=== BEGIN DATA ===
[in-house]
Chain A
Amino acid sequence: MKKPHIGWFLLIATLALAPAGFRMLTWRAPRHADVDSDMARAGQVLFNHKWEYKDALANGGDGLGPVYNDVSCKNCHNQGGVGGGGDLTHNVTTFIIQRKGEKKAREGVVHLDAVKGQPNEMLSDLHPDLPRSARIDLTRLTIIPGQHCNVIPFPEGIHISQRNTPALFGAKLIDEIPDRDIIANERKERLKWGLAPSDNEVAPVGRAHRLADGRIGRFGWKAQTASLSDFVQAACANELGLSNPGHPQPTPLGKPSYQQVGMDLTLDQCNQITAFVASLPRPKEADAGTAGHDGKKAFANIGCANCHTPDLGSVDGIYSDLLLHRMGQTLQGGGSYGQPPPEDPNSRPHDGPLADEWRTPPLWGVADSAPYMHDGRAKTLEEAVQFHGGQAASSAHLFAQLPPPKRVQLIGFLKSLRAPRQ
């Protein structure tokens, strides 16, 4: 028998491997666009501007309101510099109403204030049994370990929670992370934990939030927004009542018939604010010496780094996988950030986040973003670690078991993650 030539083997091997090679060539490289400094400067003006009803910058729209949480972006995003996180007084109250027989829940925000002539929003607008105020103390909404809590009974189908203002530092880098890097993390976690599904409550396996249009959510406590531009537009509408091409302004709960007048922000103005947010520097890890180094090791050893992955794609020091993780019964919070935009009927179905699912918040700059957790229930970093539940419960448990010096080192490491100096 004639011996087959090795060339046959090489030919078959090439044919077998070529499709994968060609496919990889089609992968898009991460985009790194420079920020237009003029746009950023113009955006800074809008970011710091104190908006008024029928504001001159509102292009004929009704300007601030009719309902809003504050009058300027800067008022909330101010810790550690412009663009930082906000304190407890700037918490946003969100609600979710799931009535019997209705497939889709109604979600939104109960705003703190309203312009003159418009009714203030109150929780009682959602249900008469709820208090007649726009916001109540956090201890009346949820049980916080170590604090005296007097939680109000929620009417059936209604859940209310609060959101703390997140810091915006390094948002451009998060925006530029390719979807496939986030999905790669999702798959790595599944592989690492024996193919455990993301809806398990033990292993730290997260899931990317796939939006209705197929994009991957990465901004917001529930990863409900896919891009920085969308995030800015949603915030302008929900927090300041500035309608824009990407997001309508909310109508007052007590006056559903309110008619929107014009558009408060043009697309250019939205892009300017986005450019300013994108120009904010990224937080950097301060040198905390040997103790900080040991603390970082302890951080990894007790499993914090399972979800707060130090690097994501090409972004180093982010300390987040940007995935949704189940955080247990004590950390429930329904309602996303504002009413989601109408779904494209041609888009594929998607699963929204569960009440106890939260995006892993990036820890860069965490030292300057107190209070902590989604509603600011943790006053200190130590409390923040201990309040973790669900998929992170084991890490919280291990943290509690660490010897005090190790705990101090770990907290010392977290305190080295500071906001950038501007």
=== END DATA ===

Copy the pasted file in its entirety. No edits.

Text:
[in-house]
Chain A
Amino acid sequence: MKKPHIGWFLLIATLALAPAGFRMLTWRAPRHADVDSDMARAGQVLFNHKWEYKDALANGGDGLGPVYNDVSCKNCHNQGGVGGGGDLTHNVTTFIIQRKGEKKAREGVVHLDAVKGQPNEMLSDLHPDLPRSARIDLTRLTIIPGQHCNVIPFPEGIHISQRNTPALFGAKLIDEIPDRDIIANERKERLKWGLAPSDNEVAPVGRAHRLADGRIGRFGWKAQTASLSDFVQAACANELGLSNPGHPQPTPLGKPSYQQVGMDLTLDQCNQITAFVASLPRPKEADAGTAGHDGKKAFANIGCANCHTPDLGSVDGIYSDLLLHRMGQTLQGGGSYGQPPPEDPNSRPHDGPLADEWRTPPLWGVADSAPYMHDGRAKTLEEAVQFHGGQAASSAHLFAQLPPPKRVQLIGFLKSLRAPRQ
């Protein structure tokens, strides 16, 4: 028998491997666009501007309101510099109403204030049994370990929670992370934990939030927004009542018939604010010496780094996988950030986040973003670690078991993650 030539083997091997090679060539490289400094400067003006009803910058729209949480972006995003996180007084109250027989829940925000002539929003607008105020103390909404809590009974189908203002530092880098890097993390976690599904409550396996249009959510406590531009537009509408091409302004709960007048922000103005947010520097890890180094090791050893992955794609020091993780019964919070935009009927179905699912918040700059957790229930970093539940419960448990010096080192490491100096 004639011996087959090795060339046959090489030919078959090439044919077998070529499709994968060609496919990889089609992968898009991460985009790194420079920020237009003029746009950023113009955006800074809008970011710091104190908006008024029928504001001159509102292009004929009704300007601030009719309902809003504050009058300027800067008022909330101010810790550690412009663009930082906000304190407890700037918490946003969100609600979710799931009535019997209705497939889709109604979600939104109960705003703190309203312009003159418009009714203030109150929780009682959602249900008469709820208090007649726009916001109540956090201890009346949820049980916080170590604090005296007097939680109000929620009417059936209604859940209310609060959101703390997140810091915006390094948002451009998060925006530029390719979807496939986030999905790669999702798959790595599944592989690492024996193919455990993301809806398990033990292993730290997260899931990317796939939006209705197929994009991957990465901004917001529930990863409900896919891009920085969308995030800015949603915030302008929900927090300041500035309608824009990407997001309508909310109508007052007590006056559903309110008619929107014009558009408060043009697309250019939205892009300017986005450019300013994108120009904010990224937080950097301060040198905390040997103790900080040991603390970082302890951080990894007790499993914090399972979800707060130090690097994501090409972004180093982010300390987040940007995935949704189940955080247990004590950390429930329904309602996303504002009413989601109408779904494209041609888009594929998607699963929204569960009440106890939260995006892993990036820890860069965490030292300057107190209070902590989604509603600011943790006053200190130590409390923040201990309040973790669900998929992170084991890490919280291990943290509690660490010897005090190790705990101090770990907290010392977290305190080295500071906001950038501007």